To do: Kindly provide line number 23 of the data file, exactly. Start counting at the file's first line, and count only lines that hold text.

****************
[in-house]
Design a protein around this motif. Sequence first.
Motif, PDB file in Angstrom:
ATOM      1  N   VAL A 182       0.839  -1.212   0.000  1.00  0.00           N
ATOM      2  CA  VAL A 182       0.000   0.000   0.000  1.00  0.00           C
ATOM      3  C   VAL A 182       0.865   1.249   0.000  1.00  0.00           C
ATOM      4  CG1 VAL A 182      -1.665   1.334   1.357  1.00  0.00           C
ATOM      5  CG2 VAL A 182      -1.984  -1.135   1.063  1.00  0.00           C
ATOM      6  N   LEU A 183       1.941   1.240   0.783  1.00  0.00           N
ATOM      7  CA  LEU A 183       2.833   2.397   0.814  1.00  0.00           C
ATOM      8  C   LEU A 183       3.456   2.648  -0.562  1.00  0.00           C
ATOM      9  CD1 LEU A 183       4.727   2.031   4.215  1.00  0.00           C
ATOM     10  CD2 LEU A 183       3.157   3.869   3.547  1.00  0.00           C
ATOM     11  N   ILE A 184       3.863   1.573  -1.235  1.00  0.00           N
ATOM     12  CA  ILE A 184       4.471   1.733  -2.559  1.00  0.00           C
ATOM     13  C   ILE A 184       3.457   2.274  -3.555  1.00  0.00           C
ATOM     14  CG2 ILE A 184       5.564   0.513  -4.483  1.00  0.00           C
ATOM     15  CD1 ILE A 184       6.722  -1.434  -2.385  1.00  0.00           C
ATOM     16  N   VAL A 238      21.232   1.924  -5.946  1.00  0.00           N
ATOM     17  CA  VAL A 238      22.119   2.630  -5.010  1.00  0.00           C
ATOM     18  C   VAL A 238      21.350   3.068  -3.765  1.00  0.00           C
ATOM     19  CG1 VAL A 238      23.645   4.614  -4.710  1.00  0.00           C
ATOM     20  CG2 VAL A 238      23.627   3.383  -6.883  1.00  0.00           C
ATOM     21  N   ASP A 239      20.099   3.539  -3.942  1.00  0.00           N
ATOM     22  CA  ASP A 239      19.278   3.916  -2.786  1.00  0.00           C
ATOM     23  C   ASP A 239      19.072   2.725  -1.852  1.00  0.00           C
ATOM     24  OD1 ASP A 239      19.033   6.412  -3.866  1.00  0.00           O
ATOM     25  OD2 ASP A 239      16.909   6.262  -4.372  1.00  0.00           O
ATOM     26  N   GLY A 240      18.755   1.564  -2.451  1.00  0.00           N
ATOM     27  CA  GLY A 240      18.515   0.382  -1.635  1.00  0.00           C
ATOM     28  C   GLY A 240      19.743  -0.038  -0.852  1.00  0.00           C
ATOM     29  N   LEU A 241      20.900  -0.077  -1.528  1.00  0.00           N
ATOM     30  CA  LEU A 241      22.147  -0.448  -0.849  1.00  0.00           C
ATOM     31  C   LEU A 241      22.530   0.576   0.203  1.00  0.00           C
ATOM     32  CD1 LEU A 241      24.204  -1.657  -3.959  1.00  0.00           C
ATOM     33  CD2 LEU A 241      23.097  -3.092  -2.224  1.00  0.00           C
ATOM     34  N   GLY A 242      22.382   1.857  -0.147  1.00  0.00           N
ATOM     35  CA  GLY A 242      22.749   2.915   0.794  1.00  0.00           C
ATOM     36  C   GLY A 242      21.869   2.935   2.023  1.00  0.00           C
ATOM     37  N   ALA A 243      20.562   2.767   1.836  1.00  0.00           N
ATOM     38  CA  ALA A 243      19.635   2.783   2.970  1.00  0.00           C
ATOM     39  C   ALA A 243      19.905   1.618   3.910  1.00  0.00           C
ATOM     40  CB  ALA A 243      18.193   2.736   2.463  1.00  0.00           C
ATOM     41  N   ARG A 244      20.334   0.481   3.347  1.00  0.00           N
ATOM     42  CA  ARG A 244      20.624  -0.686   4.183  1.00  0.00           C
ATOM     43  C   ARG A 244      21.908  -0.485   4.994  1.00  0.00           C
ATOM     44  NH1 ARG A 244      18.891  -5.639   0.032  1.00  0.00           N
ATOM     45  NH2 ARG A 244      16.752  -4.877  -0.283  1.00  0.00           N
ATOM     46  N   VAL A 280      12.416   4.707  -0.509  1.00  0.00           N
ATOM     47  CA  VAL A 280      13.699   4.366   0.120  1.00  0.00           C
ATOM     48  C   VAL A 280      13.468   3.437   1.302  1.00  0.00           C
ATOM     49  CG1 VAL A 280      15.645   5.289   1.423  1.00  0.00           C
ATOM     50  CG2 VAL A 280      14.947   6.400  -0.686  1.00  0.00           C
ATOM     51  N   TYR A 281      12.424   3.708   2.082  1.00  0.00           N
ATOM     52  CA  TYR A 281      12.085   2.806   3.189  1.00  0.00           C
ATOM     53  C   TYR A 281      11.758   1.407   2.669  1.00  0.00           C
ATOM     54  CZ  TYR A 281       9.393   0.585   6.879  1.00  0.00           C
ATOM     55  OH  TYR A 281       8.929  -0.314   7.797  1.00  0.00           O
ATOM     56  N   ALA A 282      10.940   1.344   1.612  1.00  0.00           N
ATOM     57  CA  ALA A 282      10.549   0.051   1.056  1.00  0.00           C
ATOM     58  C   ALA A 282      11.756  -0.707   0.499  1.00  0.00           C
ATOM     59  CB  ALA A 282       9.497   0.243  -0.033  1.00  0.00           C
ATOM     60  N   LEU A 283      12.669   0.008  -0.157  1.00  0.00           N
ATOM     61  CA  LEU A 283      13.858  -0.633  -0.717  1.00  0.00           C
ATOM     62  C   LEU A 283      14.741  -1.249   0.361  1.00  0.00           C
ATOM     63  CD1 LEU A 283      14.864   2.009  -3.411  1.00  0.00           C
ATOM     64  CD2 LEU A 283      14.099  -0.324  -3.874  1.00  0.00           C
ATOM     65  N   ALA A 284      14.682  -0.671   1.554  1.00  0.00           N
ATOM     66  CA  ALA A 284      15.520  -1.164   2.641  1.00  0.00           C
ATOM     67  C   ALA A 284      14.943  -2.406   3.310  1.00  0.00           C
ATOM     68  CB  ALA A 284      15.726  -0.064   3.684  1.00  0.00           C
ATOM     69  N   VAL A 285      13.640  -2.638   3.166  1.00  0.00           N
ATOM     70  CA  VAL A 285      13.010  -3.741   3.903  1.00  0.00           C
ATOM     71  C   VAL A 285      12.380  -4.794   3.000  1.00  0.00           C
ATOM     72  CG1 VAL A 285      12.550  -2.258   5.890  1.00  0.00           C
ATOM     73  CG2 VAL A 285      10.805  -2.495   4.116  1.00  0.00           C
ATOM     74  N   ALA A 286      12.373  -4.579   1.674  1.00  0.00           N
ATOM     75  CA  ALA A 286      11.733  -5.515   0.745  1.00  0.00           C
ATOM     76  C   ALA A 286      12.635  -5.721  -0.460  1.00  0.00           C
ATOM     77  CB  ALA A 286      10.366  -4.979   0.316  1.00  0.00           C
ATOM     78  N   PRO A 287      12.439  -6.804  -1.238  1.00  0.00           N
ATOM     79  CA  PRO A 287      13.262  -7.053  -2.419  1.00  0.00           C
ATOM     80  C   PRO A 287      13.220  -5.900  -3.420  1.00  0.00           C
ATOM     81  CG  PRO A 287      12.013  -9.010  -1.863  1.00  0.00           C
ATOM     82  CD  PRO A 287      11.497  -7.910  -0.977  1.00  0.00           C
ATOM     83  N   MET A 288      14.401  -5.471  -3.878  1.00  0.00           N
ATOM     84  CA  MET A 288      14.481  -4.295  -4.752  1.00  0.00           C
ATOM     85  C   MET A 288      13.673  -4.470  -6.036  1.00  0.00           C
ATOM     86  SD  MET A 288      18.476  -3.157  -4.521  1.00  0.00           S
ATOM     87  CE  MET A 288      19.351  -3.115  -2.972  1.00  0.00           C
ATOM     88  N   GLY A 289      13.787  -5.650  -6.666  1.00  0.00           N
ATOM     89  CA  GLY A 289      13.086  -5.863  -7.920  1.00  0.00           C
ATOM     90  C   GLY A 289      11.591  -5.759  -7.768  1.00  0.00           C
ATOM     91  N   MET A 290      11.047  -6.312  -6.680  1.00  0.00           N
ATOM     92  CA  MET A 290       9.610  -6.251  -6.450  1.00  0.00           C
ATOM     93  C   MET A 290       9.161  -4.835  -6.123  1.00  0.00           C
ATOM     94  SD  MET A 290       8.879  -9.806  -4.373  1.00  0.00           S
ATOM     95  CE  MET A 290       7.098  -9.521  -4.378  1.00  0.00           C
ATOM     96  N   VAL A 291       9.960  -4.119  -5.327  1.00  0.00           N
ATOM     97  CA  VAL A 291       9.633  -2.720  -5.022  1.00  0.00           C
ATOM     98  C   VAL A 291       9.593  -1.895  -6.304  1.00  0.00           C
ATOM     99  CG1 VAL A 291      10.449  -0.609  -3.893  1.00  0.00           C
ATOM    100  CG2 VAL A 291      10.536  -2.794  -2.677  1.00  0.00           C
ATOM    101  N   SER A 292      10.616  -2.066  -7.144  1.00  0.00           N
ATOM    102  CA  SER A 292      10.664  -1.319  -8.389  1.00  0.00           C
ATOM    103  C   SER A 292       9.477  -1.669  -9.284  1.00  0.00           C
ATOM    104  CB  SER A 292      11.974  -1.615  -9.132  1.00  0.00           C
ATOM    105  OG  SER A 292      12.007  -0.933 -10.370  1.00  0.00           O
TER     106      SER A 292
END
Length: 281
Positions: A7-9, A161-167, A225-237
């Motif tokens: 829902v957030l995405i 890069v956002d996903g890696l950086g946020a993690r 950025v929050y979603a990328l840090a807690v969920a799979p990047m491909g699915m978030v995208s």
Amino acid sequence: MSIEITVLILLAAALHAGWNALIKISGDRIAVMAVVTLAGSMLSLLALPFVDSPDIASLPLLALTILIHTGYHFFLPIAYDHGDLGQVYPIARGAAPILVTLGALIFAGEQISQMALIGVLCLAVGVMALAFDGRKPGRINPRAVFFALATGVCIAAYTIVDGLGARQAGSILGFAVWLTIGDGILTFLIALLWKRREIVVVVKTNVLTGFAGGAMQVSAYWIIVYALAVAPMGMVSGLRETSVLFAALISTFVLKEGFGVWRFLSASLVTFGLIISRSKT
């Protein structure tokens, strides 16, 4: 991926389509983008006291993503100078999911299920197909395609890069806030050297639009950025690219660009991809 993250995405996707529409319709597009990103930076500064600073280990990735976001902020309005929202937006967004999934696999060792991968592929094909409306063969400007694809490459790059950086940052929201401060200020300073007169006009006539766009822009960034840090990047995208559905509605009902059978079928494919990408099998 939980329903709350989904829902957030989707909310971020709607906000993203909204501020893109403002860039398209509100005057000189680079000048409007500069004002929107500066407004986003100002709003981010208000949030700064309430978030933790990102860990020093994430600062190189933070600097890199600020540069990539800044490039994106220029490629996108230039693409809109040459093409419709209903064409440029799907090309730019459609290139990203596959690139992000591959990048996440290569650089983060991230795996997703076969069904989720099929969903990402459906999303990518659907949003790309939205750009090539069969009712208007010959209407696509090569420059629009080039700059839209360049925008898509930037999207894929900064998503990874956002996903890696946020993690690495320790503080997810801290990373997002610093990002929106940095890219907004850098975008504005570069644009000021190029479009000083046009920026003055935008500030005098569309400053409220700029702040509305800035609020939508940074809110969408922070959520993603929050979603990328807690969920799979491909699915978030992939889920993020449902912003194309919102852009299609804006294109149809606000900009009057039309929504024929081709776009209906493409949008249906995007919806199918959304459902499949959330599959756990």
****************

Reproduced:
ATOM     20  CG2 VAL A 238      23.627   3.383  -6.883  1.00  0.00           C